The Japanese whaling ships have sailed on Monday in the first commercial whaling of these cetaceans in more than 30 years. Japan announced last year that it was leaving the International Whaling Commission (IWC in its acronym in English) and that it would retake the commercial catch this July 1 in its exclusive economic zone. Two whaling ships and a ship-factory departed from the port of Shimonoseki, on the east coast of Japan, where they were fired by neighbors, local and national authorities and a ceremony was organized to wish fishermen luck. Five other fishing vessels departed from Kushiro, on the northern island of Hokkaido,
The objective is to hunt 227 whales – 52 of the Minke species, 150 of the Bryde whale and 25 of the fin whales – for commercial purposes by the end of the year, always in Japanese territorial waters, they say. At least one of the boats returned in the afternoon to Kushiro and unloaded its prey, the AFP said.s Minke whales.
"It's a small industry, but I'm proud of hunting whales, the practice has been around for more than 400 years in my city," explained Yoshifumi Kai, president of a whale fishermen's association, excited to get back to sea. For Hideki Abe it is something new, he is 23 years old and had never participated in a mission of this kind. "I'm a little nervous, but happy that we can start, I would like more people to try the whale, at least once," he said before his departure.
The decision to re-hunt whales raised a global condemnation for the persecution of the species. Environmental activists from several countries urged the leaders gathered at the G20 summit in Osaka in recent days not to turn their backs on what they called "cruel attack".
Authorities in Japan have argued that the consumption of whale meat is part of their culture and that most species are not endangered. Since 1986, a global moratorium against hunting has been in place, but Japan started from that date what it called scientific whaling in the North Pacific. The critics against the measure censured that it was a commercial activity, but masked. In 2015, the UN Court stopped the activity.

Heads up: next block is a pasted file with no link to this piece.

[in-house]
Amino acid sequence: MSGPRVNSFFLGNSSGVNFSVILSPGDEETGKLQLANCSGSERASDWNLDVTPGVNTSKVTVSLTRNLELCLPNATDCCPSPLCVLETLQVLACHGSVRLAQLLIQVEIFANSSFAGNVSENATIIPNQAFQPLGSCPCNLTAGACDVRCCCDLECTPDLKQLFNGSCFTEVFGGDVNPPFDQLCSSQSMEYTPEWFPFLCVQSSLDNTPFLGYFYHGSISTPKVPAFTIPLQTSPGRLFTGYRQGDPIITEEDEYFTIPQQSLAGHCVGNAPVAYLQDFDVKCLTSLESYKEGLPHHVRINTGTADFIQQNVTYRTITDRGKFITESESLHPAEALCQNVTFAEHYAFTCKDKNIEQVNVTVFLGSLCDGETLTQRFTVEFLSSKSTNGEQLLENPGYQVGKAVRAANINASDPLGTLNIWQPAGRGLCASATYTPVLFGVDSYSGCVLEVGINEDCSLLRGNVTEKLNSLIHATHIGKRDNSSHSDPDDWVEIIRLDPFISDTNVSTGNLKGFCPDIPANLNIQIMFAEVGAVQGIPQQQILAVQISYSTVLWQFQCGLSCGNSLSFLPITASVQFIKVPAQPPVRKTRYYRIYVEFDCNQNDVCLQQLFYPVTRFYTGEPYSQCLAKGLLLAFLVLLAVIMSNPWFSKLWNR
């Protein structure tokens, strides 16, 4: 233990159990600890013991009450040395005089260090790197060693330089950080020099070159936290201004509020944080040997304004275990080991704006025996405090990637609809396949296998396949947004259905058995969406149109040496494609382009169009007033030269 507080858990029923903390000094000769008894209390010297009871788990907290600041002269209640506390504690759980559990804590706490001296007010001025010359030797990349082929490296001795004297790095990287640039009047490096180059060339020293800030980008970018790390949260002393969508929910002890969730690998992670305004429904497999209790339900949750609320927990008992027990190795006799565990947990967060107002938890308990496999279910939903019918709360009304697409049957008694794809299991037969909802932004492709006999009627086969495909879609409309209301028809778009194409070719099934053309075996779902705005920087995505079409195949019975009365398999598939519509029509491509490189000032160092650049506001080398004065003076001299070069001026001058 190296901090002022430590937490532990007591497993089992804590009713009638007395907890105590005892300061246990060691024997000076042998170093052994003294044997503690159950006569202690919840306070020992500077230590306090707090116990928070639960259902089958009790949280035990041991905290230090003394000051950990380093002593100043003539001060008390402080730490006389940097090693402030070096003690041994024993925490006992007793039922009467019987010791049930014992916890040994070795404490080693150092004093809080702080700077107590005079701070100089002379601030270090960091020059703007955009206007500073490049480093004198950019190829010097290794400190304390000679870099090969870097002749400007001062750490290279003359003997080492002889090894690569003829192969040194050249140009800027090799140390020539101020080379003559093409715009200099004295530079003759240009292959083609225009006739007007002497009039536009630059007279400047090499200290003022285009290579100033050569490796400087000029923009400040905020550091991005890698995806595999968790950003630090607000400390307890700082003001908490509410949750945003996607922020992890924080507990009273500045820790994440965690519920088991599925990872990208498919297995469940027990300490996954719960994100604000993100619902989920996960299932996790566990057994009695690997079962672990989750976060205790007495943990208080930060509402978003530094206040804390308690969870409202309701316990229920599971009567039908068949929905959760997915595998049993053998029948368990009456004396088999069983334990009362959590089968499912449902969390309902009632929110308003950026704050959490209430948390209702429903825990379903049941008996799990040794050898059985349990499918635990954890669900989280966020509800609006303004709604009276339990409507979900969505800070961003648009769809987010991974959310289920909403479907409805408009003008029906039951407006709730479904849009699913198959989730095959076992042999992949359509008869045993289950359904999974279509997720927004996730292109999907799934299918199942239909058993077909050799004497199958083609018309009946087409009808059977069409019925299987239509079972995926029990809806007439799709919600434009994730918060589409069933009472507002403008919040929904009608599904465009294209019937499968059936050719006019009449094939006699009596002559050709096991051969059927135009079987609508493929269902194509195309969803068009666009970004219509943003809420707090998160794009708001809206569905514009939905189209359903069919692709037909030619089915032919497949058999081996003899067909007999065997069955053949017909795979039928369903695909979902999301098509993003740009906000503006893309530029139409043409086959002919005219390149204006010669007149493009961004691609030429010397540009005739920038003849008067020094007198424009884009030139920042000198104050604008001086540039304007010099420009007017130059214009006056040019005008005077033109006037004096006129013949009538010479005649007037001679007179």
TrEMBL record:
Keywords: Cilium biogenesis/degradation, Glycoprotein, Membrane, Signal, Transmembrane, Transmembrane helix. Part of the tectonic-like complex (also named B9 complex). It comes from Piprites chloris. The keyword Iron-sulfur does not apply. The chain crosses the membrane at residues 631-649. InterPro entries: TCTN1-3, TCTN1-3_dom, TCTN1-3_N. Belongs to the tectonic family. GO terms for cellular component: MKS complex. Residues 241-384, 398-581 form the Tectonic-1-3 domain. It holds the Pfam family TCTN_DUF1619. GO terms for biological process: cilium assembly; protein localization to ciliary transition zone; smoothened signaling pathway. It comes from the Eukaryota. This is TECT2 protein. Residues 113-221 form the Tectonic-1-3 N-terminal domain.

"I used to eat whale when I was young, but it's very expensive lately," says Sachiko Sakai, 66, a taxi driver in Kushiro, a port city on the northern island of Hokaido where on Sunday several whaling ships remained moored. "Maybe now that commercial hunting resumes, it's cheaper," he confides.
The consumption of whale meat in Japan in recent years stood at about 5,000 tons, a quantity supplied mainly with imports and far from the 230,000 tons per year that were reached at the peak of demand in the 1960s.
Whale meat, which is consumed in the Japanese archipelago in sashimi (raw cuts), breaded or cooked, was a very popular food in postwar Japan because of its low cost and high nutritional value.
The Prime Minister, Shinzo Abe, in whose district of origin is the whaling center of Shimonoseki, has bet for a long time to resume hunting, but the future of the industry is far from clear. About 300 people throughout Japan work directly on the hunt and the annual supply of whale meat (about 5,000 tons), barely supposes an intake of 40 or 50 grams per Japanese per year.
The Japanese Executive has decided to set its catch limits with the aim of guaranteeing "the sustainable use of marine resources" and according to "scientific criteria", according to high-level government officials said at a press conference on Monday.
Iceland, Norway and Russia practice commercial whaling after submitting formal objections to the IWC moratorium, while other member states, such as the United States or Denmark, make limited catches categorized as subsistence for Aboriginal communities.
In Japan, whaling directly employs about three hundred people without including whale meat processing and packaging companies, according to the Executive, which also plans to grant subsidies to this industry with the aim of "revitalizing" it, said the aforementioned sources.
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